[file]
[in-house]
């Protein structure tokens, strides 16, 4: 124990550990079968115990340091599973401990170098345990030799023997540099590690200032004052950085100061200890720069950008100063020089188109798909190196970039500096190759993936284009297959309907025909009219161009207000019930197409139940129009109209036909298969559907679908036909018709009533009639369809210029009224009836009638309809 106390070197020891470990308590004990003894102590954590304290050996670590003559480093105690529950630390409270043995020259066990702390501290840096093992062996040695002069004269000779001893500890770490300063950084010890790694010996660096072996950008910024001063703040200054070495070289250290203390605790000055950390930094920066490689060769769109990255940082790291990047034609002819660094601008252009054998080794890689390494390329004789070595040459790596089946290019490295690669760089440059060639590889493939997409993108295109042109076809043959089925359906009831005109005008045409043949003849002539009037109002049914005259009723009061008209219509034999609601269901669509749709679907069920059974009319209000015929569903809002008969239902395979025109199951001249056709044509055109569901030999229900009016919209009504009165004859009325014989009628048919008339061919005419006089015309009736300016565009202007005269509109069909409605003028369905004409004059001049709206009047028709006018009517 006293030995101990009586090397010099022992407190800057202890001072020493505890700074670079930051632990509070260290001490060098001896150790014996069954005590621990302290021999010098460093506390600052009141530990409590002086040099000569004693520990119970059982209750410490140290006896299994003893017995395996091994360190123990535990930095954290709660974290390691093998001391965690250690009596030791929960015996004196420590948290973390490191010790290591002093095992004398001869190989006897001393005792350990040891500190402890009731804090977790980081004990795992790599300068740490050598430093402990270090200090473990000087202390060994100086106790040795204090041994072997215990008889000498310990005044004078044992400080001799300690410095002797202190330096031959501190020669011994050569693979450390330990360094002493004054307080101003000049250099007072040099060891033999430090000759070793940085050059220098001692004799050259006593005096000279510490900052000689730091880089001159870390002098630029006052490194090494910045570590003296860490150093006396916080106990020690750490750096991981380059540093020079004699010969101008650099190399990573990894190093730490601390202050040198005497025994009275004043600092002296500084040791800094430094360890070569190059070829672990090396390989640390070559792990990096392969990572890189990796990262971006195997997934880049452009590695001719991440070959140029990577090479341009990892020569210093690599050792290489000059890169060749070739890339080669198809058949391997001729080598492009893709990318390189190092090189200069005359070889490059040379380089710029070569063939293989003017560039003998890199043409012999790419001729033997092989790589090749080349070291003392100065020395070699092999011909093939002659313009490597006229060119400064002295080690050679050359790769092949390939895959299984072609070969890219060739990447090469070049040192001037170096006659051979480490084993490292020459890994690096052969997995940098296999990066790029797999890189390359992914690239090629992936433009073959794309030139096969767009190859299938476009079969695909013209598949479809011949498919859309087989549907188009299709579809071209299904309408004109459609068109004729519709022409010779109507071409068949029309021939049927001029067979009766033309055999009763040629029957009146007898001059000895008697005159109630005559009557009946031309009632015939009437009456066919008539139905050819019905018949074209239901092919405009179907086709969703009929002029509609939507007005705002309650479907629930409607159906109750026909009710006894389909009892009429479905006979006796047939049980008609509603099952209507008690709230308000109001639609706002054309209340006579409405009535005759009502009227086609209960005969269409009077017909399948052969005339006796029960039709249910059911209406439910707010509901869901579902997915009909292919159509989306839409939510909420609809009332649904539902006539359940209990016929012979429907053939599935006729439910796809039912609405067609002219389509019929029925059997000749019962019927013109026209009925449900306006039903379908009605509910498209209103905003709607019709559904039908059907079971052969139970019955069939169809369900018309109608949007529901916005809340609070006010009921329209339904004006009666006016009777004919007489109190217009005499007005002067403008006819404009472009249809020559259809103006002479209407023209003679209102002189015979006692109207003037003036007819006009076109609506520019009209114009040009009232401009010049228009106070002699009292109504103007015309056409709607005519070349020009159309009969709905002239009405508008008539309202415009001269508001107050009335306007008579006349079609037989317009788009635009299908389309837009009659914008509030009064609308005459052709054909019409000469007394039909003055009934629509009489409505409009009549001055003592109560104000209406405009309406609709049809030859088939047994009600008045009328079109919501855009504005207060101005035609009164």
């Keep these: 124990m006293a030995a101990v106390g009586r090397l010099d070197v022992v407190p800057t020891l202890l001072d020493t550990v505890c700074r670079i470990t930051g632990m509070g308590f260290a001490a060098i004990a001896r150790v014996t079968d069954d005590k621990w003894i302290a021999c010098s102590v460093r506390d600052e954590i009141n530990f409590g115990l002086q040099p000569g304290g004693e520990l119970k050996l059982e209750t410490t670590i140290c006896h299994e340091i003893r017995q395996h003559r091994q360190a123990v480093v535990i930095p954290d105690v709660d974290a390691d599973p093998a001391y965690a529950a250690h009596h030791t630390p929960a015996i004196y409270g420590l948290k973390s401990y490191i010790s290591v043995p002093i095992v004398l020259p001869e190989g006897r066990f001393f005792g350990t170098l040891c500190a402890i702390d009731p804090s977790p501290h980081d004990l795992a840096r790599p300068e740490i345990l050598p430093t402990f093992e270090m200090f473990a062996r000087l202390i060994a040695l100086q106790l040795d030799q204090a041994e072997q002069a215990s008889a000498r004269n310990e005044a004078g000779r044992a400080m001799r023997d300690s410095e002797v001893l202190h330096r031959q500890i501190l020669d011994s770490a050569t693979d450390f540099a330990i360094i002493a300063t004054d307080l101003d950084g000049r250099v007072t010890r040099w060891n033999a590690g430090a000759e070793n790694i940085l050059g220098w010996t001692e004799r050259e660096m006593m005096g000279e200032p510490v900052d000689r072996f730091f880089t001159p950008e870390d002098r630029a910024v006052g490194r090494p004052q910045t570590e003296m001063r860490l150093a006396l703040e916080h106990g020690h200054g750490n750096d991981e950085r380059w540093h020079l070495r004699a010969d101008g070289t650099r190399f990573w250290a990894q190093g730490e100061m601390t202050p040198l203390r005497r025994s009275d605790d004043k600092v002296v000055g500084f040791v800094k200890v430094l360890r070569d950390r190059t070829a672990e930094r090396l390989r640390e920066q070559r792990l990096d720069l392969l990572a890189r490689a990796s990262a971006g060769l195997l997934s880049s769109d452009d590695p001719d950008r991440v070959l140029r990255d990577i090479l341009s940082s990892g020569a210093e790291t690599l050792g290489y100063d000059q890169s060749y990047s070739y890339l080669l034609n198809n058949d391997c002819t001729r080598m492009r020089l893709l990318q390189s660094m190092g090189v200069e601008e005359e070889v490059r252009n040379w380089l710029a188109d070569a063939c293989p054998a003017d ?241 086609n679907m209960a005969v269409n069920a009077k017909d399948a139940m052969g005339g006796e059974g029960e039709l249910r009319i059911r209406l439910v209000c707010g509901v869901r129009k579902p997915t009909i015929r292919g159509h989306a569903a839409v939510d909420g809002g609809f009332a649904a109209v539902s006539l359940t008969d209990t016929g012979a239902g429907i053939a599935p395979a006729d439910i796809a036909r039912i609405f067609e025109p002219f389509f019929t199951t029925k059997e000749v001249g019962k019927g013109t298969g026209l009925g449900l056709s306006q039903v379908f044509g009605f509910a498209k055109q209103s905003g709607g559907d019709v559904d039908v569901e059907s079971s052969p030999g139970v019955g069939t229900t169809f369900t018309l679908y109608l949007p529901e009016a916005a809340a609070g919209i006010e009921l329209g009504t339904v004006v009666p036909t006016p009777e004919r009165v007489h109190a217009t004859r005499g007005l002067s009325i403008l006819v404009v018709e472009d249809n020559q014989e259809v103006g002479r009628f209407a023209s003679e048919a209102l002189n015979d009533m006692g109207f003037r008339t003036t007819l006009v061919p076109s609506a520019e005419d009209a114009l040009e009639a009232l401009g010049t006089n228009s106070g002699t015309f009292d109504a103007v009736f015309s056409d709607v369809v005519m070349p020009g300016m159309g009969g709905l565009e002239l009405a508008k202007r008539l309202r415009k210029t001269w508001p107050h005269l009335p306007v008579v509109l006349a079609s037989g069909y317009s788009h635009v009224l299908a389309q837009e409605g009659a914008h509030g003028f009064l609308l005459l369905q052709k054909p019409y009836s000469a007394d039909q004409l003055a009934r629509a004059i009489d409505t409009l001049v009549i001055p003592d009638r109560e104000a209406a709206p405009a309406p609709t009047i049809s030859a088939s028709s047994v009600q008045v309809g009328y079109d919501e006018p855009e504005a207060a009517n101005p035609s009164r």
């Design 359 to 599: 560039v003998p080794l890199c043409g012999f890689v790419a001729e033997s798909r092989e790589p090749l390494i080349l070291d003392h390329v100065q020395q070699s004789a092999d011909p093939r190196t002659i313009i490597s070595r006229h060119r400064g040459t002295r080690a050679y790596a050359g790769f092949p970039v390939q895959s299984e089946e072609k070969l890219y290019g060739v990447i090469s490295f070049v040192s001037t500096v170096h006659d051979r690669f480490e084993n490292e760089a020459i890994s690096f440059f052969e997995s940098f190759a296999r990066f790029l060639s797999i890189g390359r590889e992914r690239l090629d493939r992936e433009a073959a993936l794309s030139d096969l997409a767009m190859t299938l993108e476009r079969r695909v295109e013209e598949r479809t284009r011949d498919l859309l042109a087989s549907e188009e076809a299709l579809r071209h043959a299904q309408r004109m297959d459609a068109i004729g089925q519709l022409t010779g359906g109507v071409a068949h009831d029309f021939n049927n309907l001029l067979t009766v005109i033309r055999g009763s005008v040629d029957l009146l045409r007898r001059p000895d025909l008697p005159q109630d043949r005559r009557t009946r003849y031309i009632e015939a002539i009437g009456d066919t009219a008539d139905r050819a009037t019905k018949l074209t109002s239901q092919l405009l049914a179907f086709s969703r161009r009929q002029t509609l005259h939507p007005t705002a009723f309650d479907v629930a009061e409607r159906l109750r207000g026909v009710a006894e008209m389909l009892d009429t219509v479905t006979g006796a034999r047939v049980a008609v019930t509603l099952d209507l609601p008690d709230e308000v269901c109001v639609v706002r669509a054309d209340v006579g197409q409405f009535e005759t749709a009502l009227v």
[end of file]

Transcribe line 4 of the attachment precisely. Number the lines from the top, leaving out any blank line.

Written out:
């Design 359 to 599: 560039v003998p080794l890199c043409g012999f890689v790419a001729e033997s798909r092989e790589p090749l390494i080349l070291d003392h390329v100065q020395q070699s004789a092999d011909p093939r190196t002659i313009i490597s070595r006229h060119r400064g040459t002295r080690a050679y790596a050359g790769f092949p970039v390939q895959s299984e089946e072609k070969l890219y290019g060739v990447i090469s490295f070049v040192s001037t500096v170096h006659d051979r690669f480490e084993n490292e760089a020459i890994s690096f440059f052969e997995s940098f190759a296999r990066f790029l060639s797999i890189g390359r590889e992914r690239l090629d493939r992936e433009a073959a993936l794309s030139d096969l997409a767009m190859t299938l993108e476009r079969r695909v295109e013209e598949r479809t284009r011949d498919l859309l042109a087989s549907e188009e076809a299709l579809r071209h043959a299904q309408r004109m297959d459609a068109i004729g089925q519709l022409t010779g359906g109507v071409a068949h009831d029309f021939n049927n309907l001029l067979t009766v005109i033309r055999g009763s005008v040629d029957l009146l045409r007898r001059p000895d025909l008697p005159q109630d043949r005559r009557t009946r003849y031309i009632e015939a002539i009437g009456d066919t009219a008539d139905r050819a009037t019905k018949l074209t109002s239901q092919l405009l049914a179907f086709s969703r161009r009929q002029t509609l005259h939507p007005t705002a009723f309650d479907v629930a009061e409607r159906l109750r207000g026909v009710a006894e008209m389909l009892d009429t219509v479905t006979g006796a034999r047939v049980a008609v019930t509603l099952d209507l609601p008690d709230e308000v269901c109001v639609v706002r669509a054309d209340v006579g197409q409405f009535e005759t749709a009502l009227v």